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Chris LoCurto

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March 31, 2017

7 Simple Ways To Foster Great Communication On Your Team

March 31, 2017 | By | No Comments">No Comments

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Do you accept communication the way it is on your team, or do you lead the communication your team needs? 

A lack of high levels of quality communication is the #1 issue I see that holds back businesses and teams from greater unity and growth. 

We all bring our own personality styles, training, and habits to the table, and as I’m sure you’ve
noticed, team communication can be a total mess some days! 

As a leader, it’s critical to commit yourself to mastering communication, and then lead it through modeling, teaching, and accountability.  

Here are 7 ways to have higher levels of quality communication on your team. 

1. Care about the other person with your verbal communication

To have great communication skills, you have to start with caring for the other person. 

Not only are they an emotional being, they’re also a child of the Most High God, which means He cares about how you treat them!

For communication’s sake, caring means that you are focused on leaning in the direction of the other person, so they can successfully understand what you’re saying. 

This happens by understanding how they receive information, being calm and polite, focused and interested, and matching the mood or emotion of the situation.

You first have to understand the person you’re talking to. How do they receive information? 

Do they prefer it in sound bites? Do they need a scroll that is 10-feet long? Do they need energy and excitement with it? 

We are usually so focused on our own feelings that we don’t think about how difficult we make it for others when we communicate. 

2. Be aware of your non-verbal communication

Your body language is constantly speaking. I am always watching body language to better understand what someone may be thinking or how they’re feeling.

Do they cross their legs towards somebody, or away from somebody? Do they put themselves in a position of power when they’re talking?

It’s important to monitor your own non-verbal communication because of what it may communicate to the other person. 

Other non-verbal communication to be aware of are facial expressions, eye contact or lack thereof, posture, and gestures with your arms. 

3. Focus on active listening

Great communicators are incredible listeners, not good listeners; they’re incredible listeners. 

Crappy communicators cannot wait for the other person to take a breath, so they can speak. I’m sure you know these people. It may even be YOU!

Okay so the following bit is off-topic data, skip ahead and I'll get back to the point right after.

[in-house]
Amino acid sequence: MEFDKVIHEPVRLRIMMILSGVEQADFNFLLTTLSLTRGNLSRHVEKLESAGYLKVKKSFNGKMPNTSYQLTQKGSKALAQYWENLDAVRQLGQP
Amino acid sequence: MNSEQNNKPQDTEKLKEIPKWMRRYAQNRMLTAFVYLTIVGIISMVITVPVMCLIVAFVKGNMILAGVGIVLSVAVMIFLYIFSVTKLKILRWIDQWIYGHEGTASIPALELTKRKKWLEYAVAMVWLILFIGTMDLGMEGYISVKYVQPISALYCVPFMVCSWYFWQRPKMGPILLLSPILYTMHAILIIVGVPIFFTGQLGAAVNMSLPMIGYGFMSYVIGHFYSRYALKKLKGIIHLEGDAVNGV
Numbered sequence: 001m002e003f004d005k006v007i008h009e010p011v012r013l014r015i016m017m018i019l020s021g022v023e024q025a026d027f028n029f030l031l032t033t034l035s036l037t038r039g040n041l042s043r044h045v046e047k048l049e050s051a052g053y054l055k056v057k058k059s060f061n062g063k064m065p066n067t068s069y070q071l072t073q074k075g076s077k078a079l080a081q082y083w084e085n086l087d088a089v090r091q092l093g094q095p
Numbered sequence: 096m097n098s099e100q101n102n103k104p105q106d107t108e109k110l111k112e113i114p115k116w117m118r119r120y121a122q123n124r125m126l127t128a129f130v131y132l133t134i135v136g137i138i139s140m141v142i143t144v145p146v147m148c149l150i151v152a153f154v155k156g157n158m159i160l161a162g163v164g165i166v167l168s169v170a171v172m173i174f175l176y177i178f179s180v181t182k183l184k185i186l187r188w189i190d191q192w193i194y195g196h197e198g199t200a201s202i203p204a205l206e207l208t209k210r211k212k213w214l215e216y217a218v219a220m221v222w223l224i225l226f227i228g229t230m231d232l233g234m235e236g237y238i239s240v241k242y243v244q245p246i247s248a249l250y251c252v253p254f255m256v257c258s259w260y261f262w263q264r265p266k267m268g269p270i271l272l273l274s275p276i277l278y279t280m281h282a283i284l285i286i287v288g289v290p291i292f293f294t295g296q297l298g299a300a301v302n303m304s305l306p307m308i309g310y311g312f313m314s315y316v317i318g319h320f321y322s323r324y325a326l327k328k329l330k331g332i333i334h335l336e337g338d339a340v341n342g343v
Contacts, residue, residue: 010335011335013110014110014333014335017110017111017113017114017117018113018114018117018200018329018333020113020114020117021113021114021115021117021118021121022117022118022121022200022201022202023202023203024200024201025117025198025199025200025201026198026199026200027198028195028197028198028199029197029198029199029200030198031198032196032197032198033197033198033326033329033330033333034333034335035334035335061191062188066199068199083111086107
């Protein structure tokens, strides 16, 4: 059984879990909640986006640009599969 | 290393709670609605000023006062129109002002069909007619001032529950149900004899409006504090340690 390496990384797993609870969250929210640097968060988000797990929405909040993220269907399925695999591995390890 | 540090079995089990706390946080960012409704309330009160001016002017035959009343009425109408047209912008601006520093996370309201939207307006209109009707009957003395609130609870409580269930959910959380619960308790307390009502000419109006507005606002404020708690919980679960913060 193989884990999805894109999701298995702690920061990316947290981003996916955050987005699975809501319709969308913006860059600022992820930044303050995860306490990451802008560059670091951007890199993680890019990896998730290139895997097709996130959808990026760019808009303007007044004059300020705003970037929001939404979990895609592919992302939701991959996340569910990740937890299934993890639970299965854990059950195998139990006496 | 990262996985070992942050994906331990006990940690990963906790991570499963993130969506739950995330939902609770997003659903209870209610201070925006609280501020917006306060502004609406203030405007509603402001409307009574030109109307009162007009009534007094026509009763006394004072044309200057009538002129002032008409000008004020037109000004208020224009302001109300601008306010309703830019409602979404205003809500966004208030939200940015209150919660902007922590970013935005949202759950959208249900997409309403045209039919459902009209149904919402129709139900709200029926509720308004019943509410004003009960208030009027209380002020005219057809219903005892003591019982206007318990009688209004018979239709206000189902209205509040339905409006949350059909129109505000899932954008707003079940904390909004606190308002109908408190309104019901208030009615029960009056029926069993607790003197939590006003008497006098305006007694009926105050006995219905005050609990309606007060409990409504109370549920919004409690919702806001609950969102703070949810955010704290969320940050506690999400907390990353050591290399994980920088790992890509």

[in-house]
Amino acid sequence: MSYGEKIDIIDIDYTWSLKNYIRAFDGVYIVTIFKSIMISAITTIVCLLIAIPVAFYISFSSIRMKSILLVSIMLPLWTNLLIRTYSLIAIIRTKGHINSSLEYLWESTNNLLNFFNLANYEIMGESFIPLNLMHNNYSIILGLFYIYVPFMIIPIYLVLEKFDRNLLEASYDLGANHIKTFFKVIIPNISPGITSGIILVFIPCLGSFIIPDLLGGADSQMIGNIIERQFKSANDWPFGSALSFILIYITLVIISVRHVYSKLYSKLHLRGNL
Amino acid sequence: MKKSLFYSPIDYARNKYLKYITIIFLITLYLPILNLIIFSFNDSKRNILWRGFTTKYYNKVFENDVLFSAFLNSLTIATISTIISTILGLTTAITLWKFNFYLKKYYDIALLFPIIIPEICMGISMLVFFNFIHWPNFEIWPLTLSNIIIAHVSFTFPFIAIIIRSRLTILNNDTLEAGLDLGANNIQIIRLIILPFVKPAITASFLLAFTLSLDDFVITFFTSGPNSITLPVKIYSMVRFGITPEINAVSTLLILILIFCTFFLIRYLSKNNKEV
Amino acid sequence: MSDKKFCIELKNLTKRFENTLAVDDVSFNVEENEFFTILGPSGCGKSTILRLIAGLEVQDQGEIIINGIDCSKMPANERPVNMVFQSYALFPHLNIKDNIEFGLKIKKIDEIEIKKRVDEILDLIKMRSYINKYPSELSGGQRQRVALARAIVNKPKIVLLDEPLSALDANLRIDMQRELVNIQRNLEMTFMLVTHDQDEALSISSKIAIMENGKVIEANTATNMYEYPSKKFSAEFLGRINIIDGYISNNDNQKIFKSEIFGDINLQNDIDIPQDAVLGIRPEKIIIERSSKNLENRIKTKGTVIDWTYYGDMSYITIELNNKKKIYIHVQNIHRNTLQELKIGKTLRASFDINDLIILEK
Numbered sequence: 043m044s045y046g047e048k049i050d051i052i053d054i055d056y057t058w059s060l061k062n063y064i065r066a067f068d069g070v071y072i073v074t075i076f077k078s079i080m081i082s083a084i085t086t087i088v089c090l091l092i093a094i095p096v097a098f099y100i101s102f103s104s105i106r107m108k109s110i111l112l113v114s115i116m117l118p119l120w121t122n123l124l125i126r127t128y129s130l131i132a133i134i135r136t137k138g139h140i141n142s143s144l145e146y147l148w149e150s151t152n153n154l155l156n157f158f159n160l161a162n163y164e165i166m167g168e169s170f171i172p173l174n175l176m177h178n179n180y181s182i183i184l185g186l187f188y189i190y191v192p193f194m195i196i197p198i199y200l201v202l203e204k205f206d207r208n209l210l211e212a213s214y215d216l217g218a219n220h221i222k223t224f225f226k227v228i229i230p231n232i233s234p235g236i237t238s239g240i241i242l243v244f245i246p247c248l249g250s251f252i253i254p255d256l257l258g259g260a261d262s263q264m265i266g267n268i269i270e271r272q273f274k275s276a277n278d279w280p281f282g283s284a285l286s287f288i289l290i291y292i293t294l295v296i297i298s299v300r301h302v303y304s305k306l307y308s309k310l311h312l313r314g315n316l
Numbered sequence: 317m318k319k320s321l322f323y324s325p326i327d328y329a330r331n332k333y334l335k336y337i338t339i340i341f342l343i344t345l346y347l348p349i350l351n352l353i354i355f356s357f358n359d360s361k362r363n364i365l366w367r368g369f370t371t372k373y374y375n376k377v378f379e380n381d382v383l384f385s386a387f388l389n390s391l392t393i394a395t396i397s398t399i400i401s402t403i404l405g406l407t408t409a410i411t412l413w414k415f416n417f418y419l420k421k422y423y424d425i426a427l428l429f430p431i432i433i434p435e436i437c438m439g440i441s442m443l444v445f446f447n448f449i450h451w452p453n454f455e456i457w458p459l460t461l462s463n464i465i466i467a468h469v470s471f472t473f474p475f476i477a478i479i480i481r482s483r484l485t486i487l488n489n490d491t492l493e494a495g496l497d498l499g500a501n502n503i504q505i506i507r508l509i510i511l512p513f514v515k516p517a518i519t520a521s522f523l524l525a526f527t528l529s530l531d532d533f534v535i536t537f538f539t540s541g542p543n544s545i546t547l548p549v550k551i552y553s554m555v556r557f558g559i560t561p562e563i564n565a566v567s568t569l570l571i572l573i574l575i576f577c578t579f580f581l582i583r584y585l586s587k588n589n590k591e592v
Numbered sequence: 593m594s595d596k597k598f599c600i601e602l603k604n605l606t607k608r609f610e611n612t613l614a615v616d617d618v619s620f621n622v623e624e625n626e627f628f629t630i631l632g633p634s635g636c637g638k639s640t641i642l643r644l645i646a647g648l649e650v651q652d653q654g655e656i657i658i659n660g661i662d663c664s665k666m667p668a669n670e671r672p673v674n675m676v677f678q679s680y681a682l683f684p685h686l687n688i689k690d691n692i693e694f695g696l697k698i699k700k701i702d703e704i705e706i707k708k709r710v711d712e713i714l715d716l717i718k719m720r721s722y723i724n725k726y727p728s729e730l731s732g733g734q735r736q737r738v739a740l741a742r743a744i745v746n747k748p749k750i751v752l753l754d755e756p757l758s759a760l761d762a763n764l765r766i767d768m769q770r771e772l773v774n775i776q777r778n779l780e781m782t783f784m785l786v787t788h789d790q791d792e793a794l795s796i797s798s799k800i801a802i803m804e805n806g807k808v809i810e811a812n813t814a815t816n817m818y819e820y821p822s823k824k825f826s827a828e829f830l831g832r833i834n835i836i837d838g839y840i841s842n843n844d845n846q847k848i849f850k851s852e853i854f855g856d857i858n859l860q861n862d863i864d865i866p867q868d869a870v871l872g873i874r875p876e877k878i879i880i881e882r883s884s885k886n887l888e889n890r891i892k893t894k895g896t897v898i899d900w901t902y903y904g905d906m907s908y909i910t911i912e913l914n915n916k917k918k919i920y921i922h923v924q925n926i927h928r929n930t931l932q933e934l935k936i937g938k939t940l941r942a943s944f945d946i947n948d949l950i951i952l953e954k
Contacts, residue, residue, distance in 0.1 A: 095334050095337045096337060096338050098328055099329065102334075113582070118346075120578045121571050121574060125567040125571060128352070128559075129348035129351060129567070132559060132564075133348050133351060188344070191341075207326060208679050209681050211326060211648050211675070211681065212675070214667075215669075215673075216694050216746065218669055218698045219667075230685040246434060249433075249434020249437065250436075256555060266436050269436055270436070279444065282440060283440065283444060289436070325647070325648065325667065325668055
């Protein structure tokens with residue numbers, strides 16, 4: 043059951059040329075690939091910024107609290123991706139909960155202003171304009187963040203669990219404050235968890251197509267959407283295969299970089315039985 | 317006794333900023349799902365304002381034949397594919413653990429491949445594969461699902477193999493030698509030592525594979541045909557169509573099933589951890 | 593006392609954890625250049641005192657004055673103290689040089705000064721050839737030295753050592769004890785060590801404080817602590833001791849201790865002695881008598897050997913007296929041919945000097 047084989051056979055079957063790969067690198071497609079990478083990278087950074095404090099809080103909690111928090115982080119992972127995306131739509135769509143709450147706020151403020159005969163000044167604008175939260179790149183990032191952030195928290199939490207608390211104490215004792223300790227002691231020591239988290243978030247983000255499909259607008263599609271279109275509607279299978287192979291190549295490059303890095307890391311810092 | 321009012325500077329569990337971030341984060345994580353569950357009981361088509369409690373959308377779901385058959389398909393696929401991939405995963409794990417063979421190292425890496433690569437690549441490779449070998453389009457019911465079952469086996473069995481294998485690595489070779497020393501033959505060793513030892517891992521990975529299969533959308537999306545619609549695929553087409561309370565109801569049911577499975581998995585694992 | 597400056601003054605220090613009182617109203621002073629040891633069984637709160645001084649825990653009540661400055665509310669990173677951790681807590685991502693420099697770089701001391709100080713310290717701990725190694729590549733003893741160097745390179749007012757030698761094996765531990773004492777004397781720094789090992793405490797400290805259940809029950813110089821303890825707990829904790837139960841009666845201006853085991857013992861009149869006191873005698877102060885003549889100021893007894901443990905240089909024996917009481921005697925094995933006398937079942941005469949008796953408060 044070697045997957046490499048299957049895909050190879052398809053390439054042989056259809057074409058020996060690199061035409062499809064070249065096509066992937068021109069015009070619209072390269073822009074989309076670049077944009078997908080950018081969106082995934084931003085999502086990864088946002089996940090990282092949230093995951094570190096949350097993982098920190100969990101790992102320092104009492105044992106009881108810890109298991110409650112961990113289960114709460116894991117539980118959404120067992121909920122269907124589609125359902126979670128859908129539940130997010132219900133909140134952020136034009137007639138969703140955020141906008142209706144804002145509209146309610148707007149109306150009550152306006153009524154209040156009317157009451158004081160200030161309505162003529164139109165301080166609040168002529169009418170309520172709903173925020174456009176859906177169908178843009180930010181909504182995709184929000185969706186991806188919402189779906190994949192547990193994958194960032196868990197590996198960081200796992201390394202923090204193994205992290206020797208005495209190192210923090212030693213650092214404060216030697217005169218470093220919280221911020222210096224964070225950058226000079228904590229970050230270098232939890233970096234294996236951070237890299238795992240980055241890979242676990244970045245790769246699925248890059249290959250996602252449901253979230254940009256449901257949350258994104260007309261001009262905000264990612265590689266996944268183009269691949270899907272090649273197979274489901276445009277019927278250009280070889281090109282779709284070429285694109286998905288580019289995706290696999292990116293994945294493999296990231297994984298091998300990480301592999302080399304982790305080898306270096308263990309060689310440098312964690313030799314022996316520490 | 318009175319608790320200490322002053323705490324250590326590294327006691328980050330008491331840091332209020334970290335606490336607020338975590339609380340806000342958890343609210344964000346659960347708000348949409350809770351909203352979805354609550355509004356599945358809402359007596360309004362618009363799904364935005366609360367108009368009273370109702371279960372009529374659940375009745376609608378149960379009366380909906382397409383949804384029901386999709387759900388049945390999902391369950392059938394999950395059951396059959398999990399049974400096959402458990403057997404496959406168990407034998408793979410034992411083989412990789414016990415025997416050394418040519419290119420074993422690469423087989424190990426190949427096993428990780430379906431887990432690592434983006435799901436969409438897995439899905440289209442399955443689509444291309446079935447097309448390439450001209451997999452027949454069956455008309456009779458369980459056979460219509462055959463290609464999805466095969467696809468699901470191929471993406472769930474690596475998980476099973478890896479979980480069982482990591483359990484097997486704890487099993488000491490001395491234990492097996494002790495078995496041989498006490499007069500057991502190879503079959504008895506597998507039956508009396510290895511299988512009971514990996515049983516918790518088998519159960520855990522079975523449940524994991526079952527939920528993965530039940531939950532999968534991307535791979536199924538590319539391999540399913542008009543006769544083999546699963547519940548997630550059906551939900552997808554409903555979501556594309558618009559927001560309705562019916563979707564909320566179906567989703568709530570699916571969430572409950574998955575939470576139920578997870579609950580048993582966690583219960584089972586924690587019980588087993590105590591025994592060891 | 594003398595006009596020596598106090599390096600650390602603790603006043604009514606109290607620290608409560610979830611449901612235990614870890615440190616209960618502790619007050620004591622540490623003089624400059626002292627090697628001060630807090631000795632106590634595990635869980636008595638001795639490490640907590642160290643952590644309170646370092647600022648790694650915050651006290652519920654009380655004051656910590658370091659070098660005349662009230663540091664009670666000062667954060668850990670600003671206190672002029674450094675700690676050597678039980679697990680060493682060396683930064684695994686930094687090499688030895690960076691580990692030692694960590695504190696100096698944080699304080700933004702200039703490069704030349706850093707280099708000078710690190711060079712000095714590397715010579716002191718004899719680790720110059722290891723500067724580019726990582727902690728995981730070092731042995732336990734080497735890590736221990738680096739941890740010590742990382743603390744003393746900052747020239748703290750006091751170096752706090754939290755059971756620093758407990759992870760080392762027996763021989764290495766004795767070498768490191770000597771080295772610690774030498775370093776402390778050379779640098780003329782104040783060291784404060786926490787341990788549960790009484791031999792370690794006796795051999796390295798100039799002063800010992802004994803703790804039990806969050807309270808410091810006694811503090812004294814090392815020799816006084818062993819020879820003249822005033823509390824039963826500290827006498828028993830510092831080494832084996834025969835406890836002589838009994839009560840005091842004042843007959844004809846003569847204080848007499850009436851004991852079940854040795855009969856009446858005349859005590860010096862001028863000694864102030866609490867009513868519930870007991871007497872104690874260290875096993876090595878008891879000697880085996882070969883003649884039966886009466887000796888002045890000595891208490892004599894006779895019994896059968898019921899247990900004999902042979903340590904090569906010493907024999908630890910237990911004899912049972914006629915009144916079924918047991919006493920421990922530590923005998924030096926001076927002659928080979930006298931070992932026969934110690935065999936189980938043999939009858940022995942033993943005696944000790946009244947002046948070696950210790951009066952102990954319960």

If all you do is communicate what you think someone needs to hear without listening to them, how will you ever know if you’re communicating successfully?

4. Be patient

This means that you need to be patient with the other person, and if they don’t understand something or they have questions, know that you may not be doing a great job communicating. 

Also, understand you may not be doing a great job leaning in their direction and communicating how THEIR personality style needs to hear information. 

5. Ask questions to gain perspective

Questioning is all about gaining perspective to better understand. 

Gaining perspective is such a big deal on my team and with our clients that one of our Next-Level Mastermind clients had “Gaining Perspective” t-shirts made last year!!! 

You know something’s taking root when t-shirts are made! It’s awesome! 

Asking questions also shows people that you’re interested in them and you’re listening, which builds a lot of trust. 

Practice asking questions. The more you do it…the better you’ll get.

6. Problem solve

To have high levels of quality communication, you have to be able to identify exactly what the problem is. 

You do that by gaining information, not just talking or making statements about it, but gaining great perspective, listening, and being patient. 

7. Control your emotions

Self-management is all about controlling your emotions, and responding appropriately. 

This goes back to caring about the other person, and not just responding however you want to. 

In moments of frustration with a team member, ask yourself, “Is this my fault? Am I not doing a good job communicating? Am I the one to blame here?”

Always focus on how you’re contributing to bad communication. 

If you want to have high levels of quality communication, be a great communicator, and lead your team well, commit to these 7 ideas and take action today.

To learn more about personality styles, click here: Start Communicating Better Today.